Response to Oxnard School Board Rift

* I am an instructor in the Oxnard school district. I am incensed with the inferences made by your article dated Nov. 14 (“School Board Struggles Amid Inner Conflict”). I feel great injustice has been done not only to the reputation of my school, Haydock Intermediate, but to our principal, Peter Nichols.

The article states that Mary Barreto “complained about Nichols’ job performance several times in closed board meetings.” I have been teaching here at Haydock Intermediate since 1986 and this school has had several administrators in that time period. Since Mr. Nichols was placed here, a number of positive things have happened of which Dr. Barreto must not be aware:

Our school morale is the highest since I’ve been here. This is due largely to the skillful manner in which Mr. Nichols deals with his staff.

Just as he encourages excellence, he is ready to deal with unprofessional conduct on the part of any staff member or student. You can’t imagine how strong that kind of backing makes a staff feel.


Mr. Nichols’ leadership has encouraged our staff to improve our teaching methodologies and utilize technologies as never before. Many of us have written for grants and sought new avenues of learning as a result of his enthusiasm.

His leadership was so evident and appreciated at his last school in this district that the community and staff rose up in a furor when he was transferred to his present assignment here at Haydock.

I would extend an invitation to our Board of Trustees to visit Haydock School and observe first-hand the quality of the very capable leadership Mr. Nichols provides our students and staff.

Keith A. King



* In my position as a college educator in Oxnard, I took great interest in your story regarding the recent exchanges among the trustees of the Oxnard Elementary School District.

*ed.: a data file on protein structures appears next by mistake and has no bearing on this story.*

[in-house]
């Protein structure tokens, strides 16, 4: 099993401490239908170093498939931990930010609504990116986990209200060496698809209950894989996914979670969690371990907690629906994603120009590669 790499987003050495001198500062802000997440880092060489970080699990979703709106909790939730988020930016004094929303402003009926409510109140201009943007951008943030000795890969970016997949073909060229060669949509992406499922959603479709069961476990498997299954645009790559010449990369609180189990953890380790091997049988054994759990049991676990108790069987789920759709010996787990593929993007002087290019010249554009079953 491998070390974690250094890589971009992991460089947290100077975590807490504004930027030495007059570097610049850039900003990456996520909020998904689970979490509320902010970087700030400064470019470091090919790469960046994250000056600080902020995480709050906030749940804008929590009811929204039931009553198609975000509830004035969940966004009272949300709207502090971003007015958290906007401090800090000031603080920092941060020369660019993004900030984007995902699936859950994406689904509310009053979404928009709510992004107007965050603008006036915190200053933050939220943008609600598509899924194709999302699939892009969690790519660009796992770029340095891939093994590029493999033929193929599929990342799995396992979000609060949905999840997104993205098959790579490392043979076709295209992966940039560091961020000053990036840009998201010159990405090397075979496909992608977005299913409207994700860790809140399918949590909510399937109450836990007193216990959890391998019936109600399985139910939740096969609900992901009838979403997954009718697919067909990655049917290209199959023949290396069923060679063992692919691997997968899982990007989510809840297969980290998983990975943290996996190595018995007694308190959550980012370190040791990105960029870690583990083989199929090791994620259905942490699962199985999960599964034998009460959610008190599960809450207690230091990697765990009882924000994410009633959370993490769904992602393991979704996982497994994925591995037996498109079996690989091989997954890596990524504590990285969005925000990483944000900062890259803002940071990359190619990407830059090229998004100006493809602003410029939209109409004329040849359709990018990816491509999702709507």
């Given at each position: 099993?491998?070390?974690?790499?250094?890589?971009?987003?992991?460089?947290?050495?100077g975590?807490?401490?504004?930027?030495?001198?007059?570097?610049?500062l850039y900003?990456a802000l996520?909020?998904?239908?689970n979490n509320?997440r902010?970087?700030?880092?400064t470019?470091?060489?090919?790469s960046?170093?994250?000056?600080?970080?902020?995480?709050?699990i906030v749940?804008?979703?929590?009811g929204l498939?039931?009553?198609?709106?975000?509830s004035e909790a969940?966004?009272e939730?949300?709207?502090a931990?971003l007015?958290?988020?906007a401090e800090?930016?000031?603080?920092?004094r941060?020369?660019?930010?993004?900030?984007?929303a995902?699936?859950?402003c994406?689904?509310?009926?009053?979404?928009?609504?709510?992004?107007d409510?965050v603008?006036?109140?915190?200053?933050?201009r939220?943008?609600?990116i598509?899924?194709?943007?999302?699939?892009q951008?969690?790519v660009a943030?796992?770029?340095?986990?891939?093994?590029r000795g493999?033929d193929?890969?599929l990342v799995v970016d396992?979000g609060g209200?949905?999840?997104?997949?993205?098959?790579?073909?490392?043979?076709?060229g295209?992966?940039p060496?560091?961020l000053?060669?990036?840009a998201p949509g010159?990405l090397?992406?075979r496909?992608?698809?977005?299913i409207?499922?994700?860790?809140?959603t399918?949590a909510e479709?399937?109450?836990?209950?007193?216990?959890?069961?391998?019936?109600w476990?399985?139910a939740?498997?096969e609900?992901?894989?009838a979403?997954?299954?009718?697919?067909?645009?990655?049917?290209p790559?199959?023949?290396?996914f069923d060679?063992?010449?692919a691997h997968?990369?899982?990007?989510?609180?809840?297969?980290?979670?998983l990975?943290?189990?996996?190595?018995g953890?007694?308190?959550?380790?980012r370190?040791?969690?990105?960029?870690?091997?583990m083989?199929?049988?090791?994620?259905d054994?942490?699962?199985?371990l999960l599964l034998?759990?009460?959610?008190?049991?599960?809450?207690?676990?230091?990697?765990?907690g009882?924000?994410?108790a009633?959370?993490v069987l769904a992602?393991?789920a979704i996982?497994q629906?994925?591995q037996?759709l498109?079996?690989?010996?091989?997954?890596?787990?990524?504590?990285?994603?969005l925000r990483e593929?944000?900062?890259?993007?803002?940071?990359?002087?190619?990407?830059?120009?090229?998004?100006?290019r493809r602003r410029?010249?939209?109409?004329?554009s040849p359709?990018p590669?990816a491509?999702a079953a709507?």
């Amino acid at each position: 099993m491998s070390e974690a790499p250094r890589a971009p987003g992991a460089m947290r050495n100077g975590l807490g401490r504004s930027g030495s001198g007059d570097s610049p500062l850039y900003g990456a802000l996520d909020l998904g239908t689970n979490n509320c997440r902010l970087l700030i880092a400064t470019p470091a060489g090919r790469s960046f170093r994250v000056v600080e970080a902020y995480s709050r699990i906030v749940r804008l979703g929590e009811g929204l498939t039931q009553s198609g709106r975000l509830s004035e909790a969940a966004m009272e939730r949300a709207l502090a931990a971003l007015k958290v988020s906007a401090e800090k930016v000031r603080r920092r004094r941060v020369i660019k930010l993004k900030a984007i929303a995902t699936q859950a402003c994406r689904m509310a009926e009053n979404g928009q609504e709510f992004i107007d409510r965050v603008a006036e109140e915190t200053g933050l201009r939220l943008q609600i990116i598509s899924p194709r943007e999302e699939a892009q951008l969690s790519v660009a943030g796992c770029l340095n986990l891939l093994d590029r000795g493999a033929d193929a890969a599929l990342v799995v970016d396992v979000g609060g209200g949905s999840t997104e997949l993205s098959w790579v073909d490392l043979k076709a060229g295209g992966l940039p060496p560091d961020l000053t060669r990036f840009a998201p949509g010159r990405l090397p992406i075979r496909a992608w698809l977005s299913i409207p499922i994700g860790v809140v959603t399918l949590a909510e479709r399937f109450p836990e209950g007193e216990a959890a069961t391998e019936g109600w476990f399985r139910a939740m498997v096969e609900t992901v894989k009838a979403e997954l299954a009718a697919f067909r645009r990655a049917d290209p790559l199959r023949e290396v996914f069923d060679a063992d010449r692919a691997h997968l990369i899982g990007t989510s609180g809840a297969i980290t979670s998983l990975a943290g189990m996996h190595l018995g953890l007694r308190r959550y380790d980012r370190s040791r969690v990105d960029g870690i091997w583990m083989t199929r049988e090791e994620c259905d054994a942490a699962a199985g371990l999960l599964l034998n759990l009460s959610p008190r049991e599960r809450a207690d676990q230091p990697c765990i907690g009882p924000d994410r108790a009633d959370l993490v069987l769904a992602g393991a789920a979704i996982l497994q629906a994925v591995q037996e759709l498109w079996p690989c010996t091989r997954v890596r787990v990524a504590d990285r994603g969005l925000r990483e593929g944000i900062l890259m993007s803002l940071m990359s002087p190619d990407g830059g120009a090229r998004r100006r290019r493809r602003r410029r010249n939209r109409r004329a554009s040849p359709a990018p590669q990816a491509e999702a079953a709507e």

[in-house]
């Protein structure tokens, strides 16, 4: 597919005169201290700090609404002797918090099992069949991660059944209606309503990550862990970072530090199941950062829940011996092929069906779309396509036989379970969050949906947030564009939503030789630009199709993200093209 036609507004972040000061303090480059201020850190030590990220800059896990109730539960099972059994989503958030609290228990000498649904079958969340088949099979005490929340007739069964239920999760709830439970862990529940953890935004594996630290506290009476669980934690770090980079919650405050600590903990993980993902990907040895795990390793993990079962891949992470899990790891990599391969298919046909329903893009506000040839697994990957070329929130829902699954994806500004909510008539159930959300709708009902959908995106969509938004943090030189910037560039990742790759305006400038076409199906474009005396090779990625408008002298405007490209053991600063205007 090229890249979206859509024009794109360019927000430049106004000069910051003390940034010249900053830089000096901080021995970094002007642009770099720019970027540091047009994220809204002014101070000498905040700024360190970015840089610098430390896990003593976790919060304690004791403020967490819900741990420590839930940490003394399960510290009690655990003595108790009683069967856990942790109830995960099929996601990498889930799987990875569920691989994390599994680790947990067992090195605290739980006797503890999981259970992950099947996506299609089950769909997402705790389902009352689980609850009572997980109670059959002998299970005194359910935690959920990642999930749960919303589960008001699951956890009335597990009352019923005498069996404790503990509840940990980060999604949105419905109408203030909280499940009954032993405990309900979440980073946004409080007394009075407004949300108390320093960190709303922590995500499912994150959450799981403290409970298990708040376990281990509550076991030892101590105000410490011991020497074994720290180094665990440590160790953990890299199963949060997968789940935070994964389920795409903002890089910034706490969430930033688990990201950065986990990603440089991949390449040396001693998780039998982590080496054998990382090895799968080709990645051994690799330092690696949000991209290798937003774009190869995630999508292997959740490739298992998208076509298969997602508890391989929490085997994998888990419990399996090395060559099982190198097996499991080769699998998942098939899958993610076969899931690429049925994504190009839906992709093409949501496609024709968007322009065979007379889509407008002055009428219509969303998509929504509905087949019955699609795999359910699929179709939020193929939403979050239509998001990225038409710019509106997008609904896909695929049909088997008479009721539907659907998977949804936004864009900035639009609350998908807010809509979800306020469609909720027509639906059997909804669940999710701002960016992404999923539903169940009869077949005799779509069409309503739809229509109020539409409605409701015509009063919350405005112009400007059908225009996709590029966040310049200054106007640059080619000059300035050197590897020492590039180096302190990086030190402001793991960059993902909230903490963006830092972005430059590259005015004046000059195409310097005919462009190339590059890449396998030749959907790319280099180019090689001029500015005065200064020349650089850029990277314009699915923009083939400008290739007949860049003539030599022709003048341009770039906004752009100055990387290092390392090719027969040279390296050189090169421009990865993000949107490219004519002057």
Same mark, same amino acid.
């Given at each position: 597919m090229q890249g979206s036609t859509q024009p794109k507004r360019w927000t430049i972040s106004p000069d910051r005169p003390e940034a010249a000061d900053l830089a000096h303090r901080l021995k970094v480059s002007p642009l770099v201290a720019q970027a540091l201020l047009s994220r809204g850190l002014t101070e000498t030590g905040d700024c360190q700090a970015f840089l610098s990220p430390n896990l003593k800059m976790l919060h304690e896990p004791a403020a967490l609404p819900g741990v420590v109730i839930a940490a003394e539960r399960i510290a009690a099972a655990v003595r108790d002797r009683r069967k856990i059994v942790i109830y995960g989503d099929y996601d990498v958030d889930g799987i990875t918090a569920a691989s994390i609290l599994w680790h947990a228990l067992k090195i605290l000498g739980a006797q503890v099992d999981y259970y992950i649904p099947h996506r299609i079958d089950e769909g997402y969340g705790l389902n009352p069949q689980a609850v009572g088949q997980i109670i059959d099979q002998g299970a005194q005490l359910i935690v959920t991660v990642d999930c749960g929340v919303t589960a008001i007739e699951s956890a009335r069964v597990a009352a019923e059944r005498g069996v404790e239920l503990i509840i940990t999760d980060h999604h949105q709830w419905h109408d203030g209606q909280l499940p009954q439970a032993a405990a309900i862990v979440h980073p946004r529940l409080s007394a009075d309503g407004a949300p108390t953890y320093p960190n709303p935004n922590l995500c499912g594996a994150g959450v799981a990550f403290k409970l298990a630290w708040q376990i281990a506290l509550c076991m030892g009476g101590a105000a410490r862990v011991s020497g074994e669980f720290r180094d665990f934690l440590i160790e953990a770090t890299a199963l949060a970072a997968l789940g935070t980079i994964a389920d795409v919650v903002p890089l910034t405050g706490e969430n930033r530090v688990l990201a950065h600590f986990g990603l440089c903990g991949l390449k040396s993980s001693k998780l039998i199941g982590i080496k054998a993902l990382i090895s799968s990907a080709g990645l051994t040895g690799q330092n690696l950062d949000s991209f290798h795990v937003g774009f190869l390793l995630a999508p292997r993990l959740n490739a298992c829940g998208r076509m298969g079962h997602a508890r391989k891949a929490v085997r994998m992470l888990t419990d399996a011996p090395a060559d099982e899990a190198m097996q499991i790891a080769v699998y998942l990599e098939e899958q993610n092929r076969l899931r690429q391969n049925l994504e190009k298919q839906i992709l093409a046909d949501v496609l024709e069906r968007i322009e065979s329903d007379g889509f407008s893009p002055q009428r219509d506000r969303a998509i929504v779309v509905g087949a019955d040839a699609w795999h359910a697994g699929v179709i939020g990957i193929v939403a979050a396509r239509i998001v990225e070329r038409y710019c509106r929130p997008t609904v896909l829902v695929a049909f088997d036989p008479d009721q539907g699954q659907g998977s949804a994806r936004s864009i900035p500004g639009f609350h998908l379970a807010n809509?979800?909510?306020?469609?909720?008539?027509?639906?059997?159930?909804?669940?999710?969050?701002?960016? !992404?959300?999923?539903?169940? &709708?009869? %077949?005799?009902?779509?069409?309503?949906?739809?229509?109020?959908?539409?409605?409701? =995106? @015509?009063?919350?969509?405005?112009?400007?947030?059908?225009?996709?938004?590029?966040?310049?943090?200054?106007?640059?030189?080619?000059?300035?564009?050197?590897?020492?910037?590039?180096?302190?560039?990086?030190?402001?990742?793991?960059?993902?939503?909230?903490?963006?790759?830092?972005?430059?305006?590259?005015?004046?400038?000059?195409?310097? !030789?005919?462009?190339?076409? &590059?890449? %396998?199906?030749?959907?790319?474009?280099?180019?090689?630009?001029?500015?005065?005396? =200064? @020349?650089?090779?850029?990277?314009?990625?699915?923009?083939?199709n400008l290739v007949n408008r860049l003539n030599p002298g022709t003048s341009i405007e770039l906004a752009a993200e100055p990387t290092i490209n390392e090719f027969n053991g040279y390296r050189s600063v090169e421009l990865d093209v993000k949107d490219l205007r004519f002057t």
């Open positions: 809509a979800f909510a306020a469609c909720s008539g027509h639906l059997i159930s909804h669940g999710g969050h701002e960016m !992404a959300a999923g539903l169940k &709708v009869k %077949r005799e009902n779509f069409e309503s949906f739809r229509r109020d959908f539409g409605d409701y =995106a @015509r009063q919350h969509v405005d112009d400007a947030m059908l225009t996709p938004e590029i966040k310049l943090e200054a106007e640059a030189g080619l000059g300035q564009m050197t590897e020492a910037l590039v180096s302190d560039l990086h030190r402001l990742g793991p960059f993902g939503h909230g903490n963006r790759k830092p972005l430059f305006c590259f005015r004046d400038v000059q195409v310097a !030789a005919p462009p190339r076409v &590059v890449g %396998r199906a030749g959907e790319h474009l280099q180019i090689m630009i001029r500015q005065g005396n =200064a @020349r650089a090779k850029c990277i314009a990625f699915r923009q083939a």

The recent attacks/vitriol issued by some members of the board against the current president of the board lead me to doubt their best intentions in this regard. Specifically, their intentions for the welfare of the community the board is elected to represent.

The subtle and not so subtle messages one hears as a result of the recent actions of the board toward Mary Barreto are that misunderstandings will be interpreted as mistakes and they will remain unforgiven; speaking up for oneself is inappropriate, and if one is of Mexican origin and living in this community their voice is not meant to be heard.

As an educator, I am deeply concerned that our children in this community and in the schools are both directly and indirectly exposed to the above messages. The impact of these messages undermines self-esteem, at the very least, not to mention undermining democracy.

Oxnard’s economy, work force and general well-being do not need such messages and attitudes of the current board.

Linda Chaparro, Ph.D.



* I am writing in response to Nov. 14 article concerning issues plaguing the Oxnard School District board of trustees (“School Board Struggles Amid Inner Conflict”).

These board members hold a powerful position in the community and in the school district. Their decisions affect hundreds of teachers and administrators and thousands of children. Their words and actions to the public need to be carefully thought out so as not to appear insensitive, hurtful and unprofessional as in your article.

As divided as this board of five people has become, they desperately need to work together as a cohesive and cooperative group to ensure cohesiveness and harmony in this district. Not every one of us has to have the same skin color in order to be good at our jobs.

I teach the children in my classroom to work cooperatively so that when they grow up, they’ll be better able to work with others to get along peacefully and productively. I also teach them that all people are capable of achieving their hopes and dreams no matter what their skin color or background.

Jan Tripp